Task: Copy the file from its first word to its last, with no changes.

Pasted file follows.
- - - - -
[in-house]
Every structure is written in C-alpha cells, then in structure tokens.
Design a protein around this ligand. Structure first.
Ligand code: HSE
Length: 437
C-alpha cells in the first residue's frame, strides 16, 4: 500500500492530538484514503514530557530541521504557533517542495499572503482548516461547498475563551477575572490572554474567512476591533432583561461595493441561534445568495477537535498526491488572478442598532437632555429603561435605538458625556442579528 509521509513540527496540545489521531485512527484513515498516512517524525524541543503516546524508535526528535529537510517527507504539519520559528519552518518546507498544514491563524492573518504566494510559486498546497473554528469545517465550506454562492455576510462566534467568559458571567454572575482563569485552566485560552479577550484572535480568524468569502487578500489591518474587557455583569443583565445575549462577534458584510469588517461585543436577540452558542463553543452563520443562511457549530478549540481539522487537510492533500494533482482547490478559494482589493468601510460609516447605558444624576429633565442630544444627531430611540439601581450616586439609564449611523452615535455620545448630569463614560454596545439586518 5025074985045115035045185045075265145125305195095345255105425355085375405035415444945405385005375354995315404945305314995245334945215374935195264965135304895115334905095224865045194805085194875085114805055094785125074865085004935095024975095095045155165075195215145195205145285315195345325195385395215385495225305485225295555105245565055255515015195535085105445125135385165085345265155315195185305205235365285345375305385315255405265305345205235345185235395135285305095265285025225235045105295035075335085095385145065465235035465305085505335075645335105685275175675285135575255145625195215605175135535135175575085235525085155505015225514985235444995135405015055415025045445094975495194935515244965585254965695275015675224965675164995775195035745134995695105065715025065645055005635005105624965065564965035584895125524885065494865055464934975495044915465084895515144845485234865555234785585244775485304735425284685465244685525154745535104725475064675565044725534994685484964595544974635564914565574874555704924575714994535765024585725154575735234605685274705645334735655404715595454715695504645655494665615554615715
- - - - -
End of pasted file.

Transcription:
[in-house]
Every structure is written in C-alpha cells, then in structure tokens.
Design a protein around this ligand. Structure first.
Ligand code: HSE
Length: 437
C-alpha cells in the first residue's frame, strides 16, 4: 500500500492530538484514503514530557530541521504557533517542495499572503482548516461547498475563551477575572490572554474567512476591533432583561461595493441561534445568495477537535498526491488572478442598532437632555429603561435605538458625556442579528 509521509513540527496540545489521531485512527484513515498516512517524525524541543503516546524508535526528535529537510517527507504539519520559528519552518518546507498544514491563524492573518504566494510559486498546497473554528469545517465550506454562492455576510462566534467568559458571567454572575482563569485552566485560552479577550484572535480568524468569502487578500489591518474587557455583569443583565445575549462577534458584510469588517461585543436577540452558542463553543452563520443562511457549530478549540481539522487537510492533500494533482482547490478559494482589493468601510460609516447605558444624576429633565442630544444627531430611540439601581450616586439609564449611523452615535455620545448630569463614560454596545439586518 5025074985045115035045185045075265145125305195095345255105425355085375405035415444945405385005375354995315404945305314995245334945215374935195264965135304895115334905095224865045194805085194875085114805055094785125074865085004935095024975095095045155165075195215145195205145285315195345325195385395215385495225305485225295555105245565055255515015195535085105445125135385165085345265155315195185305205235365285345375305385315255405265305345205235345185235395135285305095265285025225235045105295035075335085095385145065465235035465305085505335075645335105685275175675285135575255145625195215605175135535135175575085235525085155505015225514985235444995135405015055415025045445094975495194935515244965585254965695275015675224965675164995775195035745134995695105065715025065645055005635005105624965065564965035584895125524885065494865055464934975495044915465084895515144845485234865555234785585244775485304735425284685465244685525154745535104725475064675565044725534994685484964595544974635564914565574874555704924575714994535765024585725154575735234605685274705645334735655404715595454715695504645655494665615554615715